those who can most afford to pay have been asked to contribute less and less, to their very great enrichment and to the impoverishment of the rest of our state’s citizens.

    At the same time, the promise that, with all that extra money in their pockets to invest, they would create jobs sufficient to cause our economy to expand to the benefit of us all has not turned out to be the case. Indeed, the opposite has proved true.

    It’s time to repeal the Ventura-era tax changes and take Minnesota back to what worked much better for the vast majority of our citizens.

    If there are those who will leave the state as the result, then they will prove by their actions that they were never good Minnesotans in the first place. We’ll do better without people such as them to extract excessive wealth from the rest of us while providing precious little benefit in return.

  2. Submitted by Linda on 03/17/2011 - 01:54 pm.

    Of course the top pay more dollars……….but it is easy to pay high dollars if you have high dollars left after…………if you don;t make very much more taxes kill because you are living month to month…….

    If I have $500,000 income I could afford to pay an extra $100,000 and still would have more than enough to live WELL. If I make $50,000 and have to pay $10,000 it might mean going without food.

    Those that have much enjoy much and should be more than willing to pay more………..I, and most others, would gladly trade places with them if they would want to switch.

    Again what is needed is a strong MIDDLE class,,,,,,,,not a few haves and alot of have nots………together everyone achieves more!!

    Over the past 30 years the top 5% have increased their assests and income significantly, while the other 95% have stayed the same. Not right folks!!

  3. Submitted by Kevin Wynn on 03/17/2011 - 04:14 pm.

    I wonder if there is a corresponding analysis of public services consumed as relates to income levels? Does the guy making $500,000/year consume $34,000 in public services? And what is the level of services (cost) for lower income taxpayers. It would seem like this should be part of the discussion when the progressivity of the tax system be debated.

  4. Submitted by Dennis Tester on 03/17/2011 - 05:37 pm.

    Republicans see taxation as paying for the costs of government and therefore the best taxation policy should be tax collection based on actual usage of those government services using fees.

    A tax on income is a tax on a man’s labor in that the more a man works, the more he earns and the more taxes he is required to pay. This is immoral and indefensible in a free society.

    A consumption tax is fair because it’s voluntary. You’re only taxed when you choose to buy something. You can limit your payment of a consumption tax by limiting your spending.

    A property tax is actually a tax on wealth in that it’s based on the value of the property. There are plenty of rich people who avoid paying income tax because they no longer earn a salary, but they’re still wealthy. If you really want to tax the rich you need a tax on wealth, not income.

    Democrats see taxation as a means of imposing social engineering. They’re not concerned that taxing a man’s labor is immoral and they’re not satisfied with the knowledge that the more he earns the more he pays in taxes. No, they want to further impose the punishment of his higher earnings by using a graduated tax rate system that unbelievably makes him pay at an even higher tax rate than those who earn less.

    If our concern was really funding government in the fairest possible way, we should eliminate the income tax, increase the consumption tax, impose a wealth tax, or increase the property tax (same thing).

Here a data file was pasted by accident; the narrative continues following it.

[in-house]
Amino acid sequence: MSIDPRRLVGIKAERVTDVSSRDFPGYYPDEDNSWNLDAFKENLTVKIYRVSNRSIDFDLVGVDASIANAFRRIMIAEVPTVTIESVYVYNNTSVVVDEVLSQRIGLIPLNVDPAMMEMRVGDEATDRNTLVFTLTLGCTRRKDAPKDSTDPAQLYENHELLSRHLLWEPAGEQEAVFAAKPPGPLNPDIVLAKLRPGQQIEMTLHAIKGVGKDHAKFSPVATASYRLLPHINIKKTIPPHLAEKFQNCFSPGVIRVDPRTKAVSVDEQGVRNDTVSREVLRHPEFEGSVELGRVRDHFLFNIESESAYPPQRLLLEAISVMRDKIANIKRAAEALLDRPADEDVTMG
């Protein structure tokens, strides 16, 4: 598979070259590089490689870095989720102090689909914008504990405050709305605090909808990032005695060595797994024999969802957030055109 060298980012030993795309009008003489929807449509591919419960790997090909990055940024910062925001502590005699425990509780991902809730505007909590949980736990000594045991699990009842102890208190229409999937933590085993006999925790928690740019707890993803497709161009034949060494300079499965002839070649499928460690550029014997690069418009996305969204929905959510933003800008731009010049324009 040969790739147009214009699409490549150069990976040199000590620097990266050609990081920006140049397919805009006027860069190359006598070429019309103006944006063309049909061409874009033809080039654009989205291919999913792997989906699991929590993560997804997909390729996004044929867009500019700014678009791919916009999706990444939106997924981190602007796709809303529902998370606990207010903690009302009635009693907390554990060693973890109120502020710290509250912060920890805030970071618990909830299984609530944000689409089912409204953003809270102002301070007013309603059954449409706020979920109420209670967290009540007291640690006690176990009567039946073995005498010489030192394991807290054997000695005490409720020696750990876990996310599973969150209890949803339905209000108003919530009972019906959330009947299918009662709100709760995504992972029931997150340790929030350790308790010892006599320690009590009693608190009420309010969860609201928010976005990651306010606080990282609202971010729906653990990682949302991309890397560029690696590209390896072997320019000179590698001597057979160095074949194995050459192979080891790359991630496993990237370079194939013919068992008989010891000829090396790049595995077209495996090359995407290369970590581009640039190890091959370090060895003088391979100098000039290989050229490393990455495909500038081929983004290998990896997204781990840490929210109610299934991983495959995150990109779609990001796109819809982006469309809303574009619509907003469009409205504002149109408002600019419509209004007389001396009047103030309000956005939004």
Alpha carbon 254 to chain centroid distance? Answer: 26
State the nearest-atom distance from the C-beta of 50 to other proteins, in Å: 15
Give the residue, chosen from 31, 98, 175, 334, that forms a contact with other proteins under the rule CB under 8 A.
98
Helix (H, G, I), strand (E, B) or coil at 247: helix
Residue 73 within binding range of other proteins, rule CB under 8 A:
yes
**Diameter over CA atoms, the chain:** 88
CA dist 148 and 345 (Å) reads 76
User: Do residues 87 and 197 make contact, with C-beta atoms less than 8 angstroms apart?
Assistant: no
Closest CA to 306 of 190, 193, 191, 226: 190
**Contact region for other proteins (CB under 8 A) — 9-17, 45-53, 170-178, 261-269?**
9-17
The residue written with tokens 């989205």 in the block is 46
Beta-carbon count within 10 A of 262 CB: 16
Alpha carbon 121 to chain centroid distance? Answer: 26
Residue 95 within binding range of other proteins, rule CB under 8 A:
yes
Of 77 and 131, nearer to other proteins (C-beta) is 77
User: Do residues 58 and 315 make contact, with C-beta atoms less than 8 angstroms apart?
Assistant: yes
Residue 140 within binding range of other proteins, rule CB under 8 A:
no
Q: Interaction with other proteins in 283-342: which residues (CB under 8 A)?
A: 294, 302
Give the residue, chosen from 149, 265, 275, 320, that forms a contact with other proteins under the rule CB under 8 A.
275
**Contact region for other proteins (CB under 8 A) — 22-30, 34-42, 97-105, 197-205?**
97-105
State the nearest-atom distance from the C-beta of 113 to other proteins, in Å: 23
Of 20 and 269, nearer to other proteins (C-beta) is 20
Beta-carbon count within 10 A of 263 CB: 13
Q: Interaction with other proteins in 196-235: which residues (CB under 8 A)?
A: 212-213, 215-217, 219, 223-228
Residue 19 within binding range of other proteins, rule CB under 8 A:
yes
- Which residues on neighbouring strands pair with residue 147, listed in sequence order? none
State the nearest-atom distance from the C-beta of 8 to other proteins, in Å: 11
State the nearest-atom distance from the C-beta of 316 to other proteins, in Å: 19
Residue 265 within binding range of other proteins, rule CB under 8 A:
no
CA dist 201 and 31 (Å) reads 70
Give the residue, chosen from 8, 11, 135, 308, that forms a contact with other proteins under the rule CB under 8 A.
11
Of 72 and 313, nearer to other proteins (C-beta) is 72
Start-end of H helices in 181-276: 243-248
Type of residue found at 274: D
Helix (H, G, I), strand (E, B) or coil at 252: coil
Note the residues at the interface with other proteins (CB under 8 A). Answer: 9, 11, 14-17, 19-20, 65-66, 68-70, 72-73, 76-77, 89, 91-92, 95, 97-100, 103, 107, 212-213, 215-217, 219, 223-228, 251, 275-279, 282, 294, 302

5. Submitted by andrew stephens on 03/17/2011 - 05:38 pm.

    The idea behind progressive taxes is to counteract some of the negative aspects of a market economy. As was seen in the late 19th century wealth begets more and more wealth. Without some protections of and distribution to the less well off economic expansion will benefit the top almost exclusively.

    Taxing the very wealthy to the benefit of the larger society is far more moral than the alternative, as proposed by Dennis Tester in an earlier thread, where the wealthy buy legal protection and the poor and working class become indebted to the government and the wealthy.

    I would also argue that having a stable society benefits the well off in the extreme. It protects their property rights and prevents the kind of instability that is not conducive to enterprise.

  6. Submitted by Charlie Quimby on 03/17/2011 - 06:53 pm.

    “One reason the overall tax burden has dropped is that state and local governments have reduced spending…”

    And yet you would not know if you listen to 98% of the news, discussion or legislative debate about the budget.

  7. Submitted by Charlie Quimby on 03/17/2011 - 07:09 pm.

    Kevin, there have been studies of business taxes that attempt to quantify whether businesses fairly pay for the benefits they derive. Whether they pay too much or to little hinges on how the value of an education system is allocated to business — that is, the value to employers of an educated workforce and top quality university-based research.

    Education is a big piece of state spending, so this valuation has a proportionately large influence on the resulting number.

    Extend the calculations to the courts system. It could be argued business benefits more from the ability to enforce contracts than we average Joes benefit. Same with police and fire services. Do the rich benefit more because they have higher assets being protected?

    Whatever assumptions go into the calculation, they will be controversial with the other side.

  8. Submitted by Dennis Tester on 03/17/2011 - 08:56 pm.

    Andrew Stevens makes my point that the left’s purpose of taxation is not to fund government as we’re all told, but to re-distribute wealth and to impose controls on certain people.